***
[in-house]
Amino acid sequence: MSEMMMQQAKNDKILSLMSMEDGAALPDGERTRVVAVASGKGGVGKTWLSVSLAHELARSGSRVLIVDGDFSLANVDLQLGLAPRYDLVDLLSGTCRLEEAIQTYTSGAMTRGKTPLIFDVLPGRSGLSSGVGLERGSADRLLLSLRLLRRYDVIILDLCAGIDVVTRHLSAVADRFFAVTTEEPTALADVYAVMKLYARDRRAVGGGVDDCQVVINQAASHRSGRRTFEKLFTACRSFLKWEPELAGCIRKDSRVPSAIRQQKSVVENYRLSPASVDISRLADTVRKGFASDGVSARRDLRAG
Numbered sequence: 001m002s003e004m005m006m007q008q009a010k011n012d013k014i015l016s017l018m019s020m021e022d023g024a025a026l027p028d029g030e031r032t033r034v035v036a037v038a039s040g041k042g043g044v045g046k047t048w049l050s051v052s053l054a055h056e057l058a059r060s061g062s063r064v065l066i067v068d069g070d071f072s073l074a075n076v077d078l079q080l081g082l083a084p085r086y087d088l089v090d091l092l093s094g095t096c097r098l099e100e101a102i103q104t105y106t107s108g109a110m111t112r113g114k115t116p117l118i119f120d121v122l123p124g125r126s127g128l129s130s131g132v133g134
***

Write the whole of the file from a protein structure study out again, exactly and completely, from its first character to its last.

[in-house]
Amino acid sequence: MSEMMMQQAKNDKILSLMSMEDGAALPDGERTRVVAVASGKGGVGKTWLSVSLAHELARSGSRVLIVDGDFSLANVDLQLGLAPRYDLVDLLSGTCRLEEAIQTYTSGAMTRGKTPLIFDVLPGRSGLSSGVGLERGSADRLLLSLRLLRRYDVIILDLCAGIDVVTRHLSAVADRFFAVTTEEPTALADVYAVMKLYARDRRAVGGGVDDCQVVINQAASHRSGRRTFEKLFTACRSFLKWEPELAGCIRKDSRVPSAIRQQKSVVENYRLSPASVDISRLADTVRKGFASDGVSARRDLRAG
Numbered sequence: 001m002s003e004m005m006m007q008q009a010k011n012d013k014i015l016s017l018m019s020m021e022d023g024a025a026l027p028d029g030e031r032t033r034v035v036a037v038a039s040g041k042g043g044v045g046k047t048w049l050s051v052s053l054a055h056e057l058a059r060s061g062s063r064v065l066i067v068d069g070d071f072s073l074a075n076v077d078l079q080l081g082l083a084p085r086y087d088l089v090d091l092l093s094g095t096c097r098l099e100e101a102i103q104t105y106t107s108g109a110m111t112r113g114k115t116p117l118i119f120d121v122l123p124g125r126s127g128l129s130s131g132v133g134